What are the dangers of animal bites?
Animal bites and scratches, even when they are minor, can become infected and spread bacteria to other parts of the body. Whether the bite is from a family pet or an animal in the wild, scratches and bites can carry disease. Cat scratches, even from a kitten, can carry "cat scratch disease," a bacterial infection. Other animals can transmit rabies and tetanus. Bites that break the skin are even more likely to become infected.
What is the care for animal bites?
For superficial bites from a familiar household pet that is immunized and in good health:
Wash the wound with soap and water under pressure from a faucet for at least five minutes, but do not scrub, as this may bruise the tissue. Apply an antiseptic lotion or cream.
Watch for signs of infection at the site, such as increased redness or pain, swelling, drainage, or if the person develops a fever. Call your physician or health care provider right away if any of these symptoms occur.
For deeper bites or puncture wounds from any animal, or for any bite from a strange animal:
If the bite or scratch is bleeding, apply pressure to it with a clean bandage or towel to stop the bleeding.
Wash the wound with soap and water under pressure from a faucet for at least five minutes, but do not scrub as this may bruise the tissue.
Dry the wound and cover it with a sterile dressing, but do not use tape or butterfly bandages to close the wound as this could trap harmful bacteria in the wound.
Call your physician or health care professional for guidance in reporting the attack and to determine whether additional treatment, such as antibiotics, a tetanus booster, or rabies vaccination is needed. This is especially important for bites on the face, or for bites that cause deeper puncture wounds of the skin.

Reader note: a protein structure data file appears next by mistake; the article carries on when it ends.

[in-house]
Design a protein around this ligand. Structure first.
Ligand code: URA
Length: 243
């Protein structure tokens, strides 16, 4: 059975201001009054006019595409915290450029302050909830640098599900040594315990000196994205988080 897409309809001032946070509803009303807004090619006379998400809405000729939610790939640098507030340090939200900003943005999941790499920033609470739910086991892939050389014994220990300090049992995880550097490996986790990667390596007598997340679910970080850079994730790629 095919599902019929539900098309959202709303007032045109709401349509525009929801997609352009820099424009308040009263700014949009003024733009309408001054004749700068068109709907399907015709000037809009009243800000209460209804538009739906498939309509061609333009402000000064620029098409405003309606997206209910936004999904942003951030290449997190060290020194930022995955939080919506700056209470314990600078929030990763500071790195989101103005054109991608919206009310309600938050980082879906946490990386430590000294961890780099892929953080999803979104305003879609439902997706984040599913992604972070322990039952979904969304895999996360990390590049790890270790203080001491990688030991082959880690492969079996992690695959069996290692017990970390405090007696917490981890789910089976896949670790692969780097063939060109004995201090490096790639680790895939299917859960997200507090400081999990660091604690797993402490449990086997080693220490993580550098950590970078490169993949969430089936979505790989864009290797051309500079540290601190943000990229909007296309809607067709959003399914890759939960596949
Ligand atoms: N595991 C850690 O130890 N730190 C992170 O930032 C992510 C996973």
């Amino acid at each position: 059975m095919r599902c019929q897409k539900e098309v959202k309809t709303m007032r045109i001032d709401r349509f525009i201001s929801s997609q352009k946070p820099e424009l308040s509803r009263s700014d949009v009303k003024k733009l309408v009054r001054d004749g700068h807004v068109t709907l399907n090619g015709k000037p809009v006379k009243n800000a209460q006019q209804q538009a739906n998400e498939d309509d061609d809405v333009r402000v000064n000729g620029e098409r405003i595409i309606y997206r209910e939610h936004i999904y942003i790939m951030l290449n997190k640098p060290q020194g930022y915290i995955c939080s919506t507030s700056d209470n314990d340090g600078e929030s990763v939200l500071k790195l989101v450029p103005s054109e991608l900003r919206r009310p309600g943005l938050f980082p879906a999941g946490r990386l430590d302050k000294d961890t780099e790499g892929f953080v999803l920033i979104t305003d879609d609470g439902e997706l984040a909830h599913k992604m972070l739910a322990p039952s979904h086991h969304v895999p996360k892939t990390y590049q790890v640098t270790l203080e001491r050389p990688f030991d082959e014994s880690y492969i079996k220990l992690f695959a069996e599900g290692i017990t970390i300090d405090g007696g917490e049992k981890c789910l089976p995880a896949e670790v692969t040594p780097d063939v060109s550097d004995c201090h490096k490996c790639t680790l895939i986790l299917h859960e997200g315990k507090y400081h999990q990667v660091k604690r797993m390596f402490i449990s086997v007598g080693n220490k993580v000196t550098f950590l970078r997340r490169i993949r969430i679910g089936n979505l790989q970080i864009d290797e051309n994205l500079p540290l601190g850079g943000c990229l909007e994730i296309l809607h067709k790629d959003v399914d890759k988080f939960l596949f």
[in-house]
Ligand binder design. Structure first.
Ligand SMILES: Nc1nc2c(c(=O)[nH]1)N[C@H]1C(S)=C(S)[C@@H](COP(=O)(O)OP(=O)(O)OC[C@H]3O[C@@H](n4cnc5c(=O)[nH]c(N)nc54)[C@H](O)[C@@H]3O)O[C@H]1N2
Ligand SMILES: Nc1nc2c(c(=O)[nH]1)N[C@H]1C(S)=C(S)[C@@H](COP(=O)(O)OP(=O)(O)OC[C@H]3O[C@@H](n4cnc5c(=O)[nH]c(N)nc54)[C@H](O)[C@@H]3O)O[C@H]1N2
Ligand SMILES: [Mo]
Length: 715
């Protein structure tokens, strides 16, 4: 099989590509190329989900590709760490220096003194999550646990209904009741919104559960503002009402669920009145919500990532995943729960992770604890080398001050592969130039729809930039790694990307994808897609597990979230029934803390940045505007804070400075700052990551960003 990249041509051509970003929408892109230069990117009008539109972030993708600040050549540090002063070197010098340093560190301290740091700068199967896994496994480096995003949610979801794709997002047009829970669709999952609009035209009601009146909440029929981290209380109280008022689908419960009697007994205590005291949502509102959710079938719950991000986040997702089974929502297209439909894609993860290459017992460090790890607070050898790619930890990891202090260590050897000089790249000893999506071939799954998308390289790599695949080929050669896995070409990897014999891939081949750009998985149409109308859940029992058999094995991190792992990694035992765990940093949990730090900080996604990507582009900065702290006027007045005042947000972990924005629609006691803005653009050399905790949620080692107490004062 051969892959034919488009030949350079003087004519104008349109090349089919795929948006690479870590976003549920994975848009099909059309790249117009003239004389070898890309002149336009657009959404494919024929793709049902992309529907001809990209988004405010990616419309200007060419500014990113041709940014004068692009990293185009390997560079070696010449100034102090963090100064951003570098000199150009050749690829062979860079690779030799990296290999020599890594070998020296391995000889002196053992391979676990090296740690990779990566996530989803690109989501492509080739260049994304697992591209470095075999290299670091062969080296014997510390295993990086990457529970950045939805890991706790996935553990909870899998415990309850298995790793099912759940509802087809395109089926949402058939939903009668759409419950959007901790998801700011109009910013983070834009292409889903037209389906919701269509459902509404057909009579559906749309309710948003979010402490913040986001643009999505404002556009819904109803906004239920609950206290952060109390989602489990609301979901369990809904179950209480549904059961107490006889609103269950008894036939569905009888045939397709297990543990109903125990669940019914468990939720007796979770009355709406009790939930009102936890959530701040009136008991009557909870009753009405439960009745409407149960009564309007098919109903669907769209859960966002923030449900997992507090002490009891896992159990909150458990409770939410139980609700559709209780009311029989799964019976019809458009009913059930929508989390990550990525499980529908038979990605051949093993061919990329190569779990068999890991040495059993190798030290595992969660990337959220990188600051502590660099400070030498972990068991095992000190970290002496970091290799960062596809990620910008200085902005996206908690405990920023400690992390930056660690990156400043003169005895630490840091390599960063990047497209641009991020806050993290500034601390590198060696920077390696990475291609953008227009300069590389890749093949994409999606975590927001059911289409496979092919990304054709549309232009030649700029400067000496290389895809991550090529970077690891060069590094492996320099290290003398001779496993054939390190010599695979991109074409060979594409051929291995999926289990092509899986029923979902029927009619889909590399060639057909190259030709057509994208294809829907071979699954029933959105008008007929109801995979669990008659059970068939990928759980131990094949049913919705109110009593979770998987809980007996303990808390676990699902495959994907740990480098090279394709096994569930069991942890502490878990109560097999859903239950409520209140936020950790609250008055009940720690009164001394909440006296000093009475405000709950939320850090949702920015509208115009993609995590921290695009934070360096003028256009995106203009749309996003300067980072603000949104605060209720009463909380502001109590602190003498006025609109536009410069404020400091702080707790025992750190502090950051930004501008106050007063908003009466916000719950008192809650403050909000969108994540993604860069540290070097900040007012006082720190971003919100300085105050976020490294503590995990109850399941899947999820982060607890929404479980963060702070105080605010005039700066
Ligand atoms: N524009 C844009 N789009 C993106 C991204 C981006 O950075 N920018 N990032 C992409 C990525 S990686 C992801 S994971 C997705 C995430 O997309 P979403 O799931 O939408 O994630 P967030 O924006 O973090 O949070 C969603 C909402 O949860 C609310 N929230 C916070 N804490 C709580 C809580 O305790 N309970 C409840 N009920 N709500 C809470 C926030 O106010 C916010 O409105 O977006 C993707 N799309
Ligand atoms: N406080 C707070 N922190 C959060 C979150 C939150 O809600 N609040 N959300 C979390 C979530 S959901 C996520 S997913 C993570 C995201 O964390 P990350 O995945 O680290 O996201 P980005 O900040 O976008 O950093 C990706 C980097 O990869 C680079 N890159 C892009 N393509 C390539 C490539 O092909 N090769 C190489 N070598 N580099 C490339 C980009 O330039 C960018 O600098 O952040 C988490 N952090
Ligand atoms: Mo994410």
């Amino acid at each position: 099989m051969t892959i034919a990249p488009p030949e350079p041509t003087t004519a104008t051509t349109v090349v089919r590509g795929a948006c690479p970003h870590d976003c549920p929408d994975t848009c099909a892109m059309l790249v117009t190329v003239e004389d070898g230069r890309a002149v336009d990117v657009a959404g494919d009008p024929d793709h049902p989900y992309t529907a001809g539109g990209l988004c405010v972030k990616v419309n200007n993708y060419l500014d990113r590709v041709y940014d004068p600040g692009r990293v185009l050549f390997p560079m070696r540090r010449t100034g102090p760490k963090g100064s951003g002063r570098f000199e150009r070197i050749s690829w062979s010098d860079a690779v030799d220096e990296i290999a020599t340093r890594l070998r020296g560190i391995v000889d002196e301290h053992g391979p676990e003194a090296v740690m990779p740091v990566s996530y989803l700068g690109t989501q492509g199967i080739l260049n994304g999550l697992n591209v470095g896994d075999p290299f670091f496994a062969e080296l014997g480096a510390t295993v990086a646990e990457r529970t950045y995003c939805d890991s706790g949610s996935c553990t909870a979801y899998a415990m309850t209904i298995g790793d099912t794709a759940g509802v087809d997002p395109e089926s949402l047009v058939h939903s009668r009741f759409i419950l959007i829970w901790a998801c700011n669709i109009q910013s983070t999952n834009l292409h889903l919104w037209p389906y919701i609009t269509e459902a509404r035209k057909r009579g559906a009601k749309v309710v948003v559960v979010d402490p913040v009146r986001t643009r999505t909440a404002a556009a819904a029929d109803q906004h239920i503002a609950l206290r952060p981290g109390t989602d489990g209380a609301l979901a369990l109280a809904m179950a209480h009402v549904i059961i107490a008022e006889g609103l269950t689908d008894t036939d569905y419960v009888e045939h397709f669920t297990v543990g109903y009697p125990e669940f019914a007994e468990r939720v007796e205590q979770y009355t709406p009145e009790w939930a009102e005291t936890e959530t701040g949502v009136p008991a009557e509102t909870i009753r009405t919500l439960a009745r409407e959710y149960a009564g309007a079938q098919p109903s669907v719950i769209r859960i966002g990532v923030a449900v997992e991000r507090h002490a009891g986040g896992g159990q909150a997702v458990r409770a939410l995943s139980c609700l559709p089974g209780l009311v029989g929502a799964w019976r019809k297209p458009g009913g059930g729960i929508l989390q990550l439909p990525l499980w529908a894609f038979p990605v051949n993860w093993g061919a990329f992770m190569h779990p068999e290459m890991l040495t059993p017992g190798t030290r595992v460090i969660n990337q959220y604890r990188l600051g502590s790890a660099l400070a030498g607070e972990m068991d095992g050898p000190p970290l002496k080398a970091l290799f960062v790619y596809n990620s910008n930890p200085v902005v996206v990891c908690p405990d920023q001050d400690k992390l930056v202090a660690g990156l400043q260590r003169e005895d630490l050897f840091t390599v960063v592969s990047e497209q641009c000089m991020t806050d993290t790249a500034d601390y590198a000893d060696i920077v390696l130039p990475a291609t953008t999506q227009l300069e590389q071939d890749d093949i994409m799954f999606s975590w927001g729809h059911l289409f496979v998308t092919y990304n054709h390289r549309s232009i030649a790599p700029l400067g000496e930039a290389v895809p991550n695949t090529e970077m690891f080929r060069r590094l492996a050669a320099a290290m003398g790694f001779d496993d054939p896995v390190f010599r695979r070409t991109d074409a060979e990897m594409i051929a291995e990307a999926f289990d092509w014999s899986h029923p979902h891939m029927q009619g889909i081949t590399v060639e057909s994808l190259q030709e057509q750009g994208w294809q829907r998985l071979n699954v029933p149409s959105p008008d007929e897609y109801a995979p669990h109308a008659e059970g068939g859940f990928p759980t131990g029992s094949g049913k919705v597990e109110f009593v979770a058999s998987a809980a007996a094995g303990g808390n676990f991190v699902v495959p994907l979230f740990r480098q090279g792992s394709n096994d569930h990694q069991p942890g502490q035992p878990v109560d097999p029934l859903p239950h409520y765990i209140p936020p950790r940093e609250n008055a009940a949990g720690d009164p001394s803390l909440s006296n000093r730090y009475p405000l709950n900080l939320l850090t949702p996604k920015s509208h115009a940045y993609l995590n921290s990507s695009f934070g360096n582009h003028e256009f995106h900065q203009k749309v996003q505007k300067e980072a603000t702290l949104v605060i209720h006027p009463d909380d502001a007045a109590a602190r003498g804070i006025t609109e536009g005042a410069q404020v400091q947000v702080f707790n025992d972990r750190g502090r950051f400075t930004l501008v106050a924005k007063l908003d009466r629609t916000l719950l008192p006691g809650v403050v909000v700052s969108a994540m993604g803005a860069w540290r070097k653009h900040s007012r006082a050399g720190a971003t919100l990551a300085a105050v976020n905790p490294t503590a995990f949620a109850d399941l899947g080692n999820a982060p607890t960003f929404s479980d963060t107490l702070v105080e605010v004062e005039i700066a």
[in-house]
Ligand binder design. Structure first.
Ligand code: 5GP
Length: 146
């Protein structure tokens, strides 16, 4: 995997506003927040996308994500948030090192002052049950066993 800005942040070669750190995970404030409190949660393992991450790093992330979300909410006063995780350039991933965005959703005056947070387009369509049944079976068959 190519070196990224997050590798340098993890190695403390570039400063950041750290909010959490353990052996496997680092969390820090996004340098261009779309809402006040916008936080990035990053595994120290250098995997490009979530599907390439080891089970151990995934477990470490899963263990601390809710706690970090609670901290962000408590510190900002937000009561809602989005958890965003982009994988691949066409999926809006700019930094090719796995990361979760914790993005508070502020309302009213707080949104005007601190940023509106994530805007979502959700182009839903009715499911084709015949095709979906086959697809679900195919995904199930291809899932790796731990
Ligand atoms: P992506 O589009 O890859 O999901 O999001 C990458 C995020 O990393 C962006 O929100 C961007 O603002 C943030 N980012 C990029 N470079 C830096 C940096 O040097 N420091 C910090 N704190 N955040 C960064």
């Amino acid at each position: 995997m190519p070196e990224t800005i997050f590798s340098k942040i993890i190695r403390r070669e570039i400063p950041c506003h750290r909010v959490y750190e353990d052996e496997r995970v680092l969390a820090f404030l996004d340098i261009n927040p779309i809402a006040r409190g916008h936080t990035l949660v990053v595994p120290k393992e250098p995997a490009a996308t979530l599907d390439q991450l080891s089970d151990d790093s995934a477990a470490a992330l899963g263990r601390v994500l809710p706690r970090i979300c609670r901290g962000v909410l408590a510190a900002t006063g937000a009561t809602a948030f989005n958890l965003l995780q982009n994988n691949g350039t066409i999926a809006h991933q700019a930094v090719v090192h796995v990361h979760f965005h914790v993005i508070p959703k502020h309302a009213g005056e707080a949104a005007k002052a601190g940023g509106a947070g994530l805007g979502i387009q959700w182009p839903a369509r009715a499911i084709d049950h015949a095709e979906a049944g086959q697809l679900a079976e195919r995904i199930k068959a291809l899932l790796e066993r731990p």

If possible, locate the animal that inflicted the wound. Some animals need to be captured, confined, and observed for rabies. Do not try to capture the animal yourself; instead, contact the nearest animal warden or animal control office in your area.
If the animal cannot be found or is a high-risk species (raccoon, skunk or bat), or the animal attack was unprovoked, the victim may need a series of rabies shots.
What is rabies?
Rabies is a viral infection of certain warm-blooded animals and is caused by a virus in the Rhabdoviridae family. It attacks the nervous system and, once symptoms develop, is 100 percent fatal in animals, if left untreated.
In North America, rabies occurs primarily in skunks, raccoons, foxes, coyotes, and bats. In some areas, these wild animals infect domestic cats, dogs, and livestock. In the U.S., cats are more likely than dogs to be rabid.
Individual states maintain information about animals that may carry rabies. It is best to check for region-specific information if you are unsure about a specific animal and have been bitten.
How does rabies occur?
The rabies virus enters the body through a cut or scratch, or through mucous membranes (such as the lining of the mouth and eyes), and travels to the central nervous system. Once the infection is established in the brain, the virus travels down the nerves from the brain and multiplies in different organs.
The salivary glands and organs are most important in the spread of rabies from one animal to another. When an infected animal bites another animal, the rabies virus is transmitted through the infected animal's saliva. Scratches by claws of rabid animals are also dangerous because these animals lick their claws.
What are the symptoms of rabies?
The incubation period in humans from the time of exposure to the onset of illness can range anywhere from five days to more than a year, although the average incubation period is about two months. The following are the most common symptoms of rabies. However, each individual may experience symptoms differently. Symptoms may include: